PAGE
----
Obed Mountain coal mine spill

On October 31, 2013, a waste pit at the Obed Mountain Mine failed near the town of Hinton in Alberta, Canada. Following the collapse of a tailings dam, up to 1 billion litres (260 million US gallons) of wastewater flooded into the nearby Athabasca River in what may have been the largest coal slurry spill in Canadian history.[1][2] The river's waters experienced immediate spikes in arsenic, metals, and carcinogenic polycyclic aromatic hydrocarbons (PAHs). Although the Athabasca was deemed safe for drinking and wildlife by the end of the year, the extent of the environment's recovery remained in doubt.

Athabasca River



Located about 30 km (19 mi) east of Hinton, the Obed Mountain Mine was a 7,460-hectare (18,400-acre) thermal coal mine with the capacity to produce about 3.2 million tonnes (7.1 billion pounds) of coal per year;[3] 2.6 million tonnes (5.7 billion pounds) are proven to exist, and up to 84.7 million more tonnes (187 billion pounds) were posited.[3] Tailings ponds were constructed to contain water used to wash coal; besides wastewater, the pools also contained fine rock and clay particles, unrecovered coal, and flocculents.[3] Operations were suspended in 2012 because of economic pressures, and around 624 hectares (1,540 acres) of the mine had been reclaimed.[3]

On October 31, 2013, one of the mine's tailings dams failed, and between 600 million and one billion litres (160 to 260 million US gal) of slurry poured into the Plante and Apetowun Creeks.[4] The plume of waste products then joined the Athabasca River, travelling downstream for a month before settling in Lake Athabasca near Fort Chipewyan, over 500 km (310 mi) away.[4]

Environmental impact


In the first month after the spill, water quality tests revealed the presence of metals and chemicals such as cadmium, arsenic, manganese, lead, mercury, and polycyclic aromatic hydrocarbons (PAHs) in excess of limits for consumption or life along the first 40 km (25 mi) of the Athabasca River.[5] Mercury, for instance, was found to be nine times higher than normal, while PAHs were at levels four times higher than the Canadian standard for potable water.[4] As a result, residents were discouraged from drinking any of the Athabasca as well as watering any livestock or pets.[6]

By December 2013, as the plume reached Fort McMurray, government officials reported that water from the Athabasca was once again below safety thresholds for both wildlife and drinking water.[5] Monitoring continued for at least two years, although First Nations representatives disputed the rigour of the sampling program, its exclusion of data from sediment, and the lack of information made available to the public.[1][4]



In October 2015, the Alberta Energy Regulator corporation filed charges against the mine's operators, Sheritt Coal and Coal Valley Resources Inc.,[7] on several counts of violations of the Environmental Protection and Enhancement Act, the Water Act, and the Public Lands Act which could have amounted up to a $2.2 million fine.[4][8] Proceedings began on January 20, 2016.[8]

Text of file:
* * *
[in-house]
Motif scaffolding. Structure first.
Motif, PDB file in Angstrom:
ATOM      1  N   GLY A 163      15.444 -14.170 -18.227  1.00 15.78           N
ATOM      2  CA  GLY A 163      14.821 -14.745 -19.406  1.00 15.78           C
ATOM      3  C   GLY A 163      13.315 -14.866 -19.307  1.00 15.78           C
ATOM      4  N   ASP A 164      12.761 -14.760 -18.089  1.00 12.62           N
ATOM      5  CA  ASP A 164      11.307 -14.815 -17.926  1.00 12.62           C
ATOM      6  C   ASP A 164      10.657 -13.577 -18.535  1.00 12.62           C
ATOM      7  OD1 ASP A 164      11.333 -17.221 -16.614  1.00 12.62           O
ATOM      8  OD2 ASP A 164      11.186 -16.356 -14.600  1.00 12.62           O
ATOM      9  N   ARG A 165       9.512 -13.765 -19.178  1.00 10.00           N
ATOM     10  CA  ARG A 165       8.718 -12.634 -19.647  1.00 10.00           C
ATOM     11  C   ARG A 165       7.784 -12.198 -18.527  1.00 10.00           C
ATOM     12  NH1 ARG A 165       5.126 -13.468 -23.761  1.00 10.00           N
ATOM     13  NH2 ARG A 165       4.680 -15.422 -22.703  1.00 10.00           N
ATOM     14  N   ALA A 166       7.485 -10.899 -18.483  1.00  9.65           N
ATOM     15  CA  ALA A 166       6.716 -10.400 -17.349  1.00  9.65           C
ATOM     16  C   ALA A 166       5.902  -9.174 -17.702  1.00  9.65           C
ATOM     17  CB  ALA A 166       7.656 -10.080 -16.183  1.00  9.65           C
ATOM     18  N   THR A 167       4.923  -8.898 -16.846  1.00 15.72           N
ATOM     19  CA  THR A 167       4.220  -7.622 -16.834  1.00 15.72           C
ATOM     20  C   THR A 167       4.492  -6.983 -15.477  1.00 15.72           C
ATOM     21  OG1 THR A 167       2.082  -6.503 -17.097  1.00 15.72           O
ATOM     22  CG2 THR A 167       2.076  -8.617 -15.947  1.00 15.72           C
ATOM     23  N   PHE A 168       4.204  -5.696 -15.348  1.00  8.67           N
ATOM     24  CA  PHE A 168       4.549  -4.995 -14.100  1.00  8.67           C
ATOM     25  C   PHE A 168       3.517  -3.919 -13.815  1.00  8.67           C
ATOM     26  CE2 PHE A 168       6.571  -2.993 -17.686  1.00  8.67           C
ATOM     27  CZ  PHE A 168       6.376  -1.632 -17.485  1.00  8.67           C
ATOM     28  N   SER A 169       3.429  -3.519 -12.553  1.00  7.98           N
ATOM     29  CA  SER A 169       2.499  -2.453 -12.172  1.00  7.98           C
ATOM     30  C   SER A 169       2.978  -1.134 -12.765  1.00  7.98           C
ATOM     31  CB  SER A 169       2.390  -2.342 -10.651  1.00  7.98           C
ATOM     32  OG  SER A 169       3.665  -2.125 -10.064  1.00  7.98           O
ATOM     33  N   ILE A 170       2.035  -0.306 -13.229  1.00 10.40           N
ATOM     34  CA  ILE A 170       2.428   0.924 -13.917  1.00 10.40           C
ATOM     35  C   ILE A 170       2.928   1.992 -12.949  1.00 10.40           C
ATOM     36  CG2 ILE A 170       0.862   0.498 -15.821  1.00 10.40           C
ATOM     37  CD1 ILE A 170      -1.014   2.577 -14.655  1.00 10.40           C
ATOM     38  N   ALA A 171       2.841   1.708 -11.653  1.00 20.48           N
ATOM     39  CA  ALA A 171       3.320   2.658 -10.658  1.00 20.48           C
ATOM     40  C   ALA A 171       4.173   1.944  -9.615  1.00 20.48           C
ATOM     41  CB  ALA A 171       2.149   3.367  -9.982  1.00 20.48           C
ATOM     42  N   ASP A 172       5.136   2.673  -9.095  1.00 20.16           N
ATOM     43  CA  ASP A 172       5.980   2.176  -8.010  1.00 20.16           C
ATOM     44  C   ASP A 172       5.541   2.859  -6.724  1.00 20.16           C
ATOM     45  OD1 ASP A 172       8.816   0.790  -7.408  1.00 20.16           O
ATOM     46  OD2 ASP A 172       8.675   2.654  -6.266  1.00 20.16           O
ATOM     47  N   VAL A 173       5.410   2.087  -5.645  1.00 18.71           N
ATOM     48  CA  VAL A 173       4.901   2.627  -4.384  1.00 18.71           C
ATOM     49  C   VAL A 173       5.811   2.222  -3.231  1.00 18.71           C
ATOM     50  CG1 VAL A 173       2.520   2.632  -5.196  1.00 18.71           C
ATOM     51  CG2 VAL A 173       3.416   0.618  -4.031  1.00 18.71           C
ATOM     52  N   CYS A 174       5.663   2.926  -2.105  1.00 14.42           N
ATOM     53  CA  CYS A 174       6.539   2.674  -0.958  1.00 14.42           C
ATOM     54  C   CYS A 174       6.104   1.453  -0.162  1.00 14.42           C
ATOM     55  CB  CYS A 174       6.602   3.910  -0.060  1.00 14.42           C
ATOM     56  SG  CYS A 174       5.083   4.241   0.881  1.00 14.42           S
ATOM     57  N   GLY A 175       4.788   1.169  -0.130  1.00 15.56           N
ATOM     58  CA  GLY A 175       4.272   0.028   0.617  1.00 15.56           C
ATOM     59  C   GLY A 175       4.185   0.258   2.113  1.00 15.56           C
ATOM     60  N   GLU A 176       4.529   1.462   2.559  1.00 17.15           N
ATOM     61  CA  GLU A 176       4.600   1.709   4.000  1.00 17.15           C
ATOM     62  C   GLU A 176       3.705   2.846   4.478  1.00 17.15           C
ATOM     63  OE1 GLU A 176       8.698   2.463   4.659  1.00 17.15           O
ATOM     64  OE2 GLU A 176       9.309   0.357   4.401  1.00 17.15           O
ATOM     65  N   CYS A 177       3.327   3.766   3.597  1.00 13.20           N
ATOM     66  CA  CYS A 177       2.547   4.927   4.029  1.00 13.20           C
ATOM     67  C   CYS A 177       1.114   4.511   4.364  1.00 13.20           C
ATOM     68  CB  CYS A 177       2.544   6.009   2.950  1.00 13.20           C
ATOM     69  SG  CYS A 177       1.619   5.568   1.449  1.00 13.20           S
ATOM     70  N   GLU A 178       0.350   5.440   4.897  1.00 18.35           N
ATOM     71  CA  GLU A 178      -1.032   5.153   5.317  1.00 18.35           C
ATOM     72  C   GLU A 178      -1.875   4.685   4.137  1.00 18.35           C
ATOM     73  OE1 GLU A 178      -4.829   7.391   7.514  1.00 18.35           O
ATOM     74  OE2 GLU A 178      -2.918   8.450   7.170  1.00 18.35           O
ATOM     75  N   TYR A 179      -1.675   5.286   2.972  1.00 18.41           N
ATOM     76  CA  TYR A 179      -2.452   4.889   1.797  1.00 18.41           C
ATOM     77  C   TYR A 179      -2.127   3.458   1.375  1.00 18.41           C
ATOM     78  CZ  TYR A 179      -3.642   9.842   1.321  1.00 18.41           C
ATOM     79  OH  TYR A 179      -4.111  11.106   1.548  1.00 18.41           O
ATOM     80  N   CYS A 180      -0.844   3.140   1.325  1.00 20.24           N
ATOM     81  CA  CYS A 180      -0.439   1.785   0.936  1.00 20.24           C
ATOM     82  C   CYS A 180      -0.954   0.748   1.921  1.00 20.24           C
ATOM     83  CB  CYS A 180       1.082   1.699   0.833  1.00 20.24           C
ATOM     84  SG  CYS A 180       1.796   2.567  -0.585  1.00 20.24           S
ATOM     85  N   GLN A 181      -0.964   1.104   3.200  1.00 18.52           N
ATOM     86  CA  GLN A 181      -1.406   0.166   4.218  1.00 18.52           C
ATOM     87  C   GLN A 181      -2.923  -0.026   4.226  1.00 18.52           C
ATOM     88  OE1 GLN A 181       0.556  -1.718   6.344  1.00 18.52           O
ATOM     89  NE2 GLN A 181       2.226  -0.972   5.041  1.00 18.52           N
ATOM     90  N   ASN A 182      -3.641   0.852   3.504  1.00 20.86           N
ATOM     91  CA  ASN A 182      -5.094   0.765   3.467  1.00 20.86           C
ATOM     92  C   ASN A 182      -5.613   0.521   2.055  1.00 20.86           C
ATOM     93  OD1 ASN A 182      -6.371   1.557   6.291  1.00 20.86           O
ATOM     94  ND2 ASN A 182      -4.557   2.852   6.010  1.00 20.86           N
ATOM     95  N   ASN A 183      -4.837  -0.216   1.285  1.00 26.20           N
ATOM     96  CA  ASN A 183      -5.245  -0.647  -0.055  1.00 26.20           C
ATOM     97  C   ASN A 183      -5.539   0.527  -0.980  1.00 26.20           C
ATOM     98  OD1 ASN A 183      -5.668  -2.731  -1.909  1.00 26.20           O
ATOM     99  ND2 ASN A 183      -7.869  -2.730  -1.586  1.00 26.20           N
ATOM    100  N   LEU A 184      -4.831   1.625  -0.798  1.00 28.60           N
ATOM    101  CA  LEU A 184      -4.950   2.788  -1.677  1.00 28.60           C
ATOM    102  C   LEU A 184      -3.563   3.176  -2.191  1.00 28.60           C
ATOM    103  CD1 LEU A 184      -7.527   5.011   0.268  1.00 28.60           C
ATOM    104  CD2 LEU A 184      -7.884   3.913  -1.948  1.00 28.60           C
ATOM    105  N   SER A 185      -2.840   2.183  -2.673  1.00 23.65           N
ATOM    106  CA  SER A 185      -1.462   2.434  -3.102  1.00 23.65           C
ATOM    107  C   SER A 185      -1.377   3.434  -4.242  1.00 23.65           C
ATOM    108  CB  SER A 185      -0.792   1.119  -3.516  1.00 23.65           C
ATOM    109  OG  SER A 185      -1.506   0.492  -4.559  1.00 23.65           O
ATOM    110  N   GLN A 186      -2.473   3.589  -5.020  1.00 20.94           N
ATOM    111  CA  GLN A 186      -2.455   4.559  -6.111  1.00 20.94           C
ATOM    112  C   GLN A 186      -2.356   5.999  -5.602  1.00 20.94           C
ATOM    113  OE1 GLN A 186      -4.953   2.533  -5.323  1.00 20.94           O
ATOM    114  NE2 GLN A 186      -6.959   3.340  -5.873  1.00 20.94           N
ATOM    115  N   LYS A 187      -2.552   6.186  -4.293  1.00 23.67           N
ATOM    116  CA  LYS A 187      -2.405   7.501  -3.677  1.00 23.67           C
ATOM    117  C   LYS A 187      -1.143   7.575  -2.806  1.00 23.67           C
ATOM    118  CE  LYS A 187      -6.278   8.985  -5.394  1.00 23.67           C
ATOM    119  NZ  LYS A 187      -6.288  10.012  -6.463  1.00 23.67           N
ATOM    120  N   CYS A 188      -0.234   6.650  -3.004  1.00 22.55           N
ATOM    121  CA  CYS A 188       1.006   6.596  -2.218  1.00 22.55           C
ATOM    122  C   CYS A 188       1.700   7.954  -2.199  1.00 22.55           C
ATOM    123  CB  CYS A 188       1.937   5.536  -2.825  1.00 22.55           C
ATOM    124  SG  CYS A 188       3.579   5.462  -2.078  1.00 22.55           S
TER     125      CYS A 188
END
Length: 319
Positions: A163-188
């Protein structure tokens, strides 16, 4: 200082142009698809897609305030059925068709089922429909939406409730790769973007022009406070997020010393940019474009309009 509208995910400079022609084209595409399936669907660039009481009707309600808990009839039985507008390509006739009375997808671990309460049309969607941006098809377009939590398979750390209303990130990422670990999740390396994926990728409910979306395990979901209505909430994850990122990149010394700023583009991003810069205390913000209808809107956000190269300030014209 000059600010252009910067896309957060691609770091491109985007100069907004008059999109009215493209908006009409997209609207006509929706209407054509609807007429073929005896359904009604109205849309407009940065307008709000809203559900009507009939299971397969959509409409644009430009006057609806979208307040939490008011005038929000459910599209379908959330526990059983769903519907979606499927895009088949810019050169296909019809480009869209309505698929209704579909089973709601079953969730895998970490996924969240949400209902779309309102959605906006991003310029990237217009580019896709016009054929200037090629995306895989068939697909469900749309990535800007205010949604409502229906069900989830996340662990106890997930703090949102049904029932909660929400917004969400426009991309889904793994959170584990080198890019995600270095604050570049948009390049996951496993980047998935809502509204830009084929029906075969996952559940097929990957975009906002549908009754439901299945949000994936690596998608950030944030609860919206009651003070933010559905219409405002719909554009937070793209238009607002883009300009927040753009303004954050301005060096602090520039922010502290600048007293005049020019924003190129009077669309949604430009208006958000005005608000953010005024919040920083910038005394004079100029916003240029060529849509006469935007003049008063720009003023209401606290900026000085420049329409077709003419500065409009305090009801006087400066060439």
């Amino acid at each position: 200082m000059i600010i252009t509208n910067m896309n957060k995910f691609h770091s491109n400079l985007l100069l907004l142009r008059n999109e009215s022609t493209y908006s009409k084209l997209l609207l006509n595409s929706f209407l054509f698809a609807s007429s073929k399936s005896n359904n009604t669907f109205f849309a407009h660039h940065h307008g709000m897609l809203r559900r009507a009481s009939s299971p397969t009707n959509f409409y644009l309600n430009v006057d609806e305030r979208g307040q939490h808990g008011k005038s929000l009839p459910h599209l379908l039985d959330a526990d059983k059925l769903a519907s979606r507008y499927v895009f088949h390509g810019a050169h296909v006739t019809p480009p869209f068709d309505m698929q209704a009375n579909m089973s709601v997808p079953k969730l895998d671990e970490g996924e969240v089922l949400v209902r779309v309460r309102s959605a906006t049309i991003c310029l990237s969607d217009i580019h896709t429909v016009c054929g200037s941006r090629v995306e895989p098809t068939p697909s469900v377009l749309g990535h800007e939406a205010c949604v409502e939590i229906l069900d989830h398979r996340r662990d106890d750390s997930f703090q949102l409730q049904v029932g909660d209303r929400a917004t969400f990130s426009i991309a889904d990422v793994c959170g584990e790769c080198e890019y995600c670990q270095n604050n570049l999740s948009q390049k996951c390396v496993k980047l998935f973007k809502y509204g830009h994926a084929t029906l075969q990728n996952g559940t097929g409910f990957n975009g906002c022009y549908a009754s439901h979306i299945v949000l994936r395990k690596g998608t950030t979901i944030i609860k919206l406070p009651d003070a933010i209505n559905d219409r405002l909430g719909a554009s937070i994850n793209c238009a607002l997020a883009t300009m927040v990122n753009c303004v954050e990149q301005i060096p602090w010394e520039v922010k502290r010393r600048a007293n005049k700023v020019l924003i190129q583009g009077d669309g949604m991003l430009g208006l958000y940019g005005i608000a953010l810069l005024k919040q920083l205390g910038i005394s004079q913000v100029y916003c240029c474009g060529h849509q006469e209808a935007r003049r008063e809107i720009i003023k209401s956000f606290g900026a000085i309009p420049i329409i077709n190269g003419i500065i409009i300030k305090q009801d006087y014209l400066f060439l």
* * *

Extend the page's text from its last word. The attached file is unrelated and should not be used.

In June 2017, Prairie Mines & Royalty, formerly known as Coal Valley Resources, a subsidiary of Sheritt Coal, was fined $4.5 million after the company pled guilty to two violations of federal law under the Fisheries Act and one violation of Alberta's Environmental Protection and Enhancement Act.[9]


  1. ^ a b Lisenby, Donna (November 8, 2013). "Did Canada Just Have the Largest Coal Slurry Spill in Its History?". EcoWatch. Retrieved 17 February 2016.
  2. ^ Bennett, Dean (January 23, 2014). "Hinton Coal Mine Leak Cleanup Ordered By Alberta Government". www.huffingtonpost.ca. The Huffington Post. Retrieved 17 February 2016.
  3. ^ a b c d "About Obed – Obed Mountain Mine". Obed Mountain Mine. Retrieved 17 February 2016.
  4. ^ a b c d e Wohlberg, Meagan (October 21, 2015). "Two Years Later, Charges Laid in Massive Alberta Coal Mine Spill". Vice News. Retrieved 17 February 2016.
  5. ^ a b Cooke, Colin (2016). "Initial environmental impacts of the Obed Mountain coal mine process water spill into the Athabasca River (Alberta, Canada)". Science of the Total Environment. 557–558: 502–509. Bibcode:2016ScTEn.557..502C. doi:10.1016/j.scitotenv.2016.03.058. PMID 27017080.
  6. ^ Griwkowsky, Catherine (February 27, 2014). "Extent of environmental damage caused by Obed Mine spill will not be known until spring". www.edmontonsun.com. The Sun (Edmonton. Retrieved 17 February 2016.
  7. ^ Weber, Bob; Cotter, John (October 16, 2015). "Companies charged over 2013 coal tailings pond spill: Alberta Energy Regulator". www.theglobeandmail.com. The Globe and Mail. Retrieved 17 February 2016.
  8. ^ a b Reuters Editorial (16 October 2015). "Charges Laid Regarding October 2013 Obed Mountain Coal Mine Spill". Reuters. Retrieved 17 February 2016. {{cite web}}: |author= has generic name (help)[dead link]
  9. ^ "Coal mine fined $4.5M for 2013 spill that contaminated Athabasca River". CBC News. Edmonton. 9 June 2017. Retrieved 6 April 2021.

53°33′54″N 117°31′12″W / 53.565°N 117.52°W / 53.565; -117.52